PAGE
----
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Galatians 5:16-23 teaches that at any moment we are either walking by the Holy Spirit or according to the sin nature. Walking by the Spirit, enjoying fellowship with God, walking in the light are virtually synonymous. During these times, the Holy Spirit is working in us to illuminate our minds to the truth of Scripture and to challenge us to apply what we learn. But when we sin, we begin to live based on the sin nature. Our works do not count for eternity. The only way to recover is to confess (admit, acknowledge) our sin to God the Father and we are instantly forgiven, cleansed, and recover our spiritual walk (1 John 1:9). Please make sure you are walking by the Spirit before you begin your Bible study, so it will be spiritually profitable.

Acts (2010)

Acts (2010)

September 2010 - March 2014

This study covers the book of Acts. The title, "Acts of the Apostles," distorts the thrust of the book. Only two apostles are the focus of the book, Peter, then Paul. John is mentioned as is James, but the others are not. The more appropriate name should be "Acts of the Holy Spirit". Because the Holy Spirit is the one performing the Acts, by empowering the early church, specifically, through Peter, then Paul, to take the message of the risen Messiah from the Upper Room in Acts 1, to Paul's private house prison room, in Acts 28.

To the uttermost parts of the earth ...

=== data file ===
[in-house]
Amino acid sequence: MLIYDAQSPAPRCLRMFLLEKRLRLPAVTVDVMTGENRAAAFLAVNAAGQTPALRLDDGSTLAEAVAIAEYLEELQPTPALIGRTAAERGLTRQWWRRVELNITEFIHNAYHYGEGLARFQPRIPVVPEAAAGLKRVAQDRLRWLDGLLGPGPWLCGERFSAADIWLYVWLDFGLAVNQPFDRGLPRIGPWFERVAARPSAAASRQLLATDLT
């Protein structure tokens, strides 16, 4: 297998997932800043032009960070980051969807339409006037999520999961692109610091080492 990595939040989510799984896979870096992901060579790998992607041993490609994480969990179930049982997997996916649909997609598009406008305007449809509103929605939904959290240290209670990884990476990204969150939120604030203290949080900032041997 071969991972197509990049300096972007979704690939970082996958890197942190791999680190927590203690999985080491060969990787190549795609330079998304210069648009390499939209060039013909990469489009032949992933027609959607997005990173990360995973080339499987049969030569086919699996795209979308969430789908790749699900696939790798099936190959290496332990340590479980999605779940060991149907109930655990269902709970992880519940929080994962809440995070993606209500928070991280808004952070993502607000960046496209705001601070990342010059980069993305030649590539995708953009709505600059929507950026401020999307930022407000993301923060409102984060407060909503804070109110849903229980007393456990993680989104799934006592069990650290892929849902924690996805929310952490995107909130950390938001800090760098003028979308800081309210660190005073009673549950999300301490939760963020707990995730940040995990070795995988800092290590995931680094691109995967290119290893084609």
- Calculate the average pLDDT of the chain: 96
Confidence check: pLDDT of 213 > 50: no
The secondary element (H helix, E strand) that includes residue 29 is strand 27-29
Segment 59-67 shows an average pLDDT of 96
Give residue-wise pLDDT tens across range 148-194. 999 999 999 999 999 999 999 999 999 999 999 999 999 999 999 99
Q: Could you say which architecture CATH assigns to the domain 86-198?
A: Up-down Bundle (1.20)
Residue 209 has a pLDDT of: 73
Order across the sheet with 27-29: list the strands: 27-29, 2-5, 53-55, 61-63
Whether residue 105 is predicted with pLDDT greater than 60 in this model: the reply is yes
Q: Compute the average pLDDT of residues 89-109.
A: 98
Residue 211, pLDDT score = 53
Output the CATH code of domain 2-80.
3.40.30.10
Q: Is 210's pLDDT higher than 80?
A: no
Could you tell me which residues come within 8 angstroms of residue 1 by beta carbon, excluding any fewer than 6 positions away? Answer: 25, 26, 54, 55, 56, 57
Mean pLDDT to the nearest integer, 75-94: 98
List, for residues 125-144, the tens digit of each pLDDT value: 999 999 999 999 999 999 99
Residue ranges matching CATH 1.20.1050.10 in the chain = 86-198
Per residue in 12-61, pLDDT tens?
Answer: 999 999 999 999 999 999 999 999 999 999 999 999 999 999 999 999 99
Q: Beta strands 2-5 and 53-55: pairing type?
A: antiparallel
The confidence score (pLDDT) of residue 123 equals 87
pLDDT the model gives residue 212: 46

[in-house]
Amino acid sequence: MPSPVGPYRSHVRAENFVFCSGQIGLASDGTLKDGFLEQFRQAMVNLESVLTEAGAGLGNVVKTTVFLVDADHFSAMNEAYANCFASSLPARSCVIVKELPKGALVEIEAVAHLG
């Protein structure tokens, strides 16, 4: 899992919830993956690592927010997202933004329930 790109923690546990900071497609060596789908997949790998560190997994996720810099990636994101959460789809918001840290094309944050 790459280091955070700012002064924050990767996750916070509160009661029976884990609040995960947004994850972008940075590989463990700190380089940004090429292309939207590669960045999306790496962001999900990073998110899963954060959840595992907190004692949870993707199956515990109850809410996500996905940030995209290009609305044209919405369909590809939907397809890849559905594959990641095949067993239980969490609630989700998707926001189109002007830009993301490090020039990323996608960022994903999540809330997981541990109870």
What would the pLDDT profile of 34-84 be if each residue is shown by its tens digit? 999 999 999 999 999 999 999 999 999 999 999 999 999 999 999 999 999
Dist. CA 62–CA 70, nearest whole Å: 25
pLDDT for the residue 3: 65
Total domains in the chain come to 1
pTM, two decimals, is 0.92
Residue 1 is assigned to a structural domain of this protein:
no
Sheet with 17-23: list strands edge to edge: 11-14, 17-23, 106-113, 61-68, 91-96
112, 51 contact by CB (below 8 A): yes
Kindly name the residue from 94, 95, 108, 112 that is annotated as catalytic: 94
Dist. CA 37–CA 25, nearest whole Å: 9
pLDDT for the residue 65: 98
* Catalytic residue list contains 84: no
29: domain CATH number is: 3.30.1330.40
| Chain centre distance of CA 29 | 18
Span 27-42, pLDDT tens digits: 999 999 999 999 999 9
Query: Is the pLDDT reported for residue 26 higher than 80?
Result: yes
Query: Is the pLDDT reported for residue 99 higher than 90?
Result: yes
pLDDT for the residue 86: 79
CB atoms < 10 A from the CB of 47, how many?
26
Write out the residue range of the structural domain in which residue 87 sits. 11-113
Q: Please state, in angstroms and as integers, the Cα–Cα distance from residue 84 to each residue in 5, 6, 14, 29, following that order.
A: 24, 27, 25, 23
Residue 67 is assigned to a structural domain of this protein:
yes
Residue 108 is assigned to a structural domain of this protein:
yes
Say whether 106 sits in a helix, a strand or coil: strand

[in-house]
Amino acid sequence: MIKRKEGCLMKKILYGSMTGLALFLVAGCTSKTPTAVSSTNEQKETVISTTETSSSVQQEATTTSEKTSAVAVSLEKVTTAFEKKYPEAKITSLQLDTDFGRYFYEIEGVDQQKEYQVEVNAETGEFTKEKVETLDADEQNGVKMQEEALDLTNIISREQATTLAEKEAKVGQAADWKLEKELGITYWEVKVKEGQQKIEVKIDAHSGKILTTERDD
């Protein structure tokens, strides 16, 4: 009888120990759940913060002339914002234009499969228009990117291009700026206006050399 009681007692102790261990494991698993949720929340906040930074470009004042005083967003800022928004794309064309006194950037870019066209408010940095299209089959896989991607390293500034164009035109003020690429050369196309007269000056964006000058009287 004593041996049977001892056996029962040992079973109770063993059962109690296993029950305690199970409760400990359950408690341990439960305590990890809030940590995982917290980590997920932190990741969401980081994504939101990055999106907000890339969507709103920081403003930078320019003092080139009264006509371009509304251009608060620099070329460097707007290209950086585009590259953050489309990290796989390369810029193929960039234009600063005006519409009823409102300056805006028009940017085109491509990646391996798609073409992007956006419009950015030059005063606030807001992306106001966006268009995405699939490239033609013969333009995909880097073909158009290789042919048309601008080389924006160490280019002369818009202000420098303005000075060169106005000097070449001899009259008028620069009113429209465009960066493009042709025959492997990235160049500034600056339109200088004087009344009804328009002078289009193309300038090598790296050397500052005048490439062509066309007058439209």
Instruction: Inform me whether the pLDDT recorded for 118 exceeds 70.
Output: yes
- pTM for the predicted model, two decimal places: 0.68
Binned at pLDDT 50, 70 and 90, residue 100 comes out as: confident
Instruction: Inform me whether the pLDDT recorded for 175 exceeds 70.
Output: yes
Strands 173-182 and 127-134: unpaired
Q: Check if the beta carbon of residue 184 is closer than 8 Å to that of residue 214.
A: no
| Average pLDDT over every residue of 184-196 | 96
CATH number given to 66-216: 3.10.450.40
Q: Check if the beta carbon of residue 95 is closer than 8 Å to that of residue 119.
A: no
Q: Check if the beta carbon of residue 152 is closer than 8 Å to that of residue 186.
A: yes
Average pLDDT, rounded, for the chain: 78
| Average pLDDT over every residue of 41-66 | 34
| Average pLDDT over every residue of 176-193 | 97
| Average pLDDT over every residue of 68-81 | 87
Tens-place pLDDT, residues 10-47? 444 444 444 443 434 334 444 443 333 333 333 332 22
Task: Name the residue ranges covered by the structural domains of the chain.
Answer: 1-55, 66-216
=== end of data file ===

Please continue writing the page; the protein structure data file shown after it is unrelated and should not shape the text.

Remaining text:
Video DVDs of these lessons can be ordered here and here.

To view all video Bible studies in the Acts series, click here (Vimeo) or here (YouTube).

To listen to this series as a podcast, copy and paste the following URL into your podcast software.
Tue, May 29, 2012
Passage: Acts 8:14-18
Series: Acts (2010)
Duration: 1 hr 5 mins 29 secs
Syria under the Assad regime is clearly an enemy of the US and the west. However, there is much to this situation that is not explained in our media. Hear other dimensions to this problem in this class. After Philip's successful evangelism in Samaria, Peter and John are sent by the apostles in Jerusalem to Samaria. Only then, after they have believed and received believer's baptism, do they receive the Holy Spirit. Why didn’t the Samaritans instantly receive the Holy Spirit at the moment of salvation? Pastor Dean explains the four Pentecosts in Acts and the role speaking in tongues has, or may not have, in each. What is the purpose of speaking in tongues? How is it related to the Jews? Why was speaking in tongues not necessary at the Pentecost in Samaria?
Tue, Jun 05, 2012
Passage: Acts 8:14-18
Series: Acts (2010)
Duration: 1 hr 4 mins 21 secs
Confusion around the Baptism of the Holy Spirit includes a definition, questions about when it happens, who is the agent who accomplishes it, how is it different from water baptism, is it an experience which can be felt, is it manifested by tongues, and how does it relate to relatively new Christian movements? Does the church age begin on a definitive date? If not, how does that relate to occurrences in Acts which seem different from doctrines in the Church age today? These questions and more are answered concerning the essential and important doctrine of the Baptism of the Holy Spirit.
Tue, Jul 10, 2012
Passage: Acts 8:14-25
Series: Acts (2010)